Unnecessary & Hindering: Reaching Out Without Being There

How can a local church community reach out to its immediate surrounding community with the gospel of Jesus Christ, if its members do not live there and have no intentions of moving there?

As I gather on this Lord’s Day with brothers and sisters of my local church, I am encouraged and challenged by the large numbers of church members who have moved into the immediate community of the church so that they would be able to live as the hands and feet of Jesus, so that they could proclaim the gospel through building relationships with their neighbors.  I am convicted of living where I live, on campus of Southern Seminary, without any intention of moving off campus.

So often I’ve seen churches who just plan programs and activities and just “wait” for people to see them there, waiting even longer for somebody — anybody — to ask them “why” they are doing these programs and having these activities.  Without any plan to get the gospel to the neighborhood, and without any plan to proclaim the good news to the people who come for those “outreach” activities, such churches are left stagnant and un-growing, and even worse, less than a handful of people are added to their numbers yearly if any.  The worship and sermons during Sunday Services lack Christ-centerdness and further lacks a clear presentation of the gospel in every sermon.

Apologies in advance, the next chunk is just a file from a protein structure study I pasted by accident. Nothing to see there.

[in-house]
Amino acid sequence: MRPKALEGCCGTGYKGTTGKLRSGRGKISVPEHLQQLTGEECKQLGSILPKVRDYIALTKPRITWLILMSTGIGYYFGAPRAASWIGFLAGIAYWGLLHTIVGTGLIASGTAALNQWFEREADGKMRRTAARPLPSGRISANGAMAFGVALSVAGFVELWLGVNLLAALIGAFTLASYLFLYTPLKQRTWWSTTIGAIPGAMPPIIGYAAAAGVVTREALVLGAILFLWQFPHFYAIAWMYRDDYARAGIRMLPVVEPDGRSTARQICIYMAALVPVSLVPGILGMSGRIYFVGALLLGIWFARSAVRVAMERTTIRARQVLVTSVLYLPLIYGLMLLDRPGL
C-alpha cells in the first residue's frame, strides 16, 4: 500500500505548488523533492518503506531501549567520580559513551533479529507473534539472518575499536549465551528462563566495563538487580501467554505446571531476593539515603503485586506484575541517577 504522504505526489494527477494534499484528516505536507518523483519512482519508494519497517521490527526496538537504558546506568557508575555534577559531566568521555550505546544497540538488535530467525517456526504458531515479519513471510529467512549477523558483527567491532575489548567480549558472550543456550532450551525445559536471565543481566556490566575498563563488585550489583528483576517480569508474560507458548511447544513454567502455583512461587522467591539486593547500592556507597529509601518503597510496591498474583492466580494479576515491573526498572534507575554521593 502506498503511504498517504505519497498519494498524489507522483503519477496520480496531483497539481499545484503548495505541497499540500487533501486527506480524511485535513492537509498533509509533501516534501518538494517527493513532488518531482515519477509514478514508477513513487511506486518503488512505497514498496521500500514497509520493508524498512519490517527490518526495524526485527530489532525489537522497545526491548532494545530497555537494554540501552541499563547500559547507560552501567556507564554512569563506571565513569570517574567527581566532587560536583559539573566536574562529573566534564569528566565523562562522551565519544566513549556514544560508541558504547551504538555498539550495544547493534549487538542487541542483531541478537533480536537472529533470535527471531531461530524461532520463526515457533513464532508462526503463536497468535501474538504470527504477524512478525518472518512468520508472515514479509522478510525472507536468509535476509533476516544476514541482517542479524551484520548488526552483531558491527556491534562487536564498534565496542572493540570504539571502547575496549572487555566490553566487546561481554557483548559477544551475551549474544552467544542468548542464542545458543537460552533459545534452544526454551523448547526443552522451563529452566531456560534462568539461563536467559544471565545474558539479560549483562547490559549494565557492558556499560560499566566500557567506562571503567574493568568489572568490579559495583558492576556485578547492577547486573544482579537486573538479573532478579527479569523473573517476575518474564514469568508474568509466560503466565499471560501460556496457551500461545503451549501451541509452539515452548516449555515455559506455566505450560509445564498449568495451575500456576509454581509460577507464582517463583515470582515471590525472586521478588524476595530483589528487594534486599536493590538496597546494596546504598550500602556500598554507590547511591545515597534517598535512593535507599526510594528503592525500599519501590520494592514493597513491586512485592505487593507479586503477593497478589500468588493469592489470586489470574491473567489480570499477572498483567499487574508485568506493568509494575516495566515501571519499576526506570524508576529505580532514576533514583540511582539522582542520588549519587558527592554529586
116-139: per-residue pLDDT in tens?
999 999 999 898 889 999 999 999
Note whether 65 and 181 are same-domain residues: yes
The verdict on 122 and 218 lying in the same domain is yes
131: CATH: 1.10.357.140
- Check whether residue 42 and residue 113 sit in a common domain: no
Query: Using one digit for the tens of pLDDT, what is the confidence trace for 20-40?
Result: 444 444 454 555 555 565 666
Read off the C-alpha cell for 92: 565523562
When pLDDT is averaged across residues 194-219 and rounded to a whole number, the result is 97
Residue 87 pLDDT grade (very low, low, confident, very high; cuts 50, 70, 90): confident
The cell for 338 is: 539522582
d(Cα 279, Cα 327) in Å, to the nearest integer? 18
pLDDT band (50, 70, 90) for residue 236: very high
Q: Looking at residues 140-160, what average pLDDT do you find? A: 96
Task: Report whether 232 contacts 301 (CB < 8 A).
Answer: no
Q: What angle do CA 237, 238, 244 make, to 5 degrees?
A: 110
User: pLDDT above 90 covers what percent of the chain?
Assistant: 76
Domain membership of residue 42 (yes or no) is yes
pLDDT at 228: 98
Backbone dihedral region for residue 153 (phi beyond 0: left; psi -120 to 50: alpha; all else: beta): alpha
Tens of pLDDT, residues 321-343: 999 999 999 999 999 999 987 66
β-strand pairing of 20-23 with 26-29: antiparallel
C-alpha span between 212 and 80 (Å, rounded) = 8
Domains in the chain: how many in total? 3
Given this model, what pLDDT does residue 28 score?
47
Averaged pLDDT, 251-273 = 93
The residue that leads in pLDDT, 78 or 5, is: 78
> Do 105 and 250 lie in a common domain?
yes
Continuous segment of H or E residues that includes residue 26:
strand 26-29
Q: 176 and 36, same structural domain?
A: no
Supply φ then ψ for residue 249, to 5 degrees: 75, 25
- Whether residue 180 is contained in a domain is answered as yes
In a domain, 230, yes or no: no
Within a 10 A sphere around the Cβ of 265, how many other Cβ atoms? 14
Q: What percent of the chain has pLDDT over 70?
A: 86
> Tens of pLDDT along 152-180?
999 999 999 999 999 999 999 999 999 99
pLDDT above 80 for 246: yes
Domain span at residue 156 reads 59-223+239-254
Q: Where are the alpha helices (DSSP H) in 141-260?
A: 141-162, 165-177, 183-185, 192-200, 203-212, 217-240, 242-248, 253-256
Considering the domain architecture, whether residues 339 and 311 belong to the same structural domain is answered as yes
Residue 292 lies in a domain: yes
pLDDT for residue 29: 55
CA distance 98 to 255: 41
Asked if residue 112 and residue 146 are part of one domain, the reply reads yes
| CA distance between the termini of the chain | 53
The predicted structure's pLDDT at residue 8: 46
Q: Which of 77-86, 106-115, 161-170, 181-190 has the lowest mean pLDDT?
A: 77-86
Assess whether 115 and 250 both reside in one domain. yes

Church members don’t live in the church’s surrounding community, and even worse, they live very far away.  As if such wasn’t bad enough, new young couples move out of the neighborhood instead of moving in, for their own pastor is not even an example of “reaching out by being there”.  Maybe he preaches one thing (“Dearly beloved, let us move into the community!”) and lives out another (he lives far away from the church in another city).  Such hypocrisy is not only a failure to be an example to the church body, but is completely unhelpful in encouraging church members to heed his preaching.

Further, parishioners argue that proclaiming the substitutionary atonement in every sermon and worship set is not necessary, because they assume that unbelievers already know that that is why the church exists, because they assume that believers no longer need the gospel after becoming a Christian.  Little do they know that nonchristians and unbelievers are visiting their churches every Sunday, yearning to hear of the hope of a God who has crushed His son Jesus for their sins, looking for a gracious God whom they could put their faith in — One who is worthy to be praised.

If only those parishioners would know that the very thing that they think is unnecessary and hindering to the church’s ministry is the very thing that their neighbors desperately need: the good news of Christ and him crucified, a friend who would come next door and sit with them every week to hear about Jesus’ redeeming blood.

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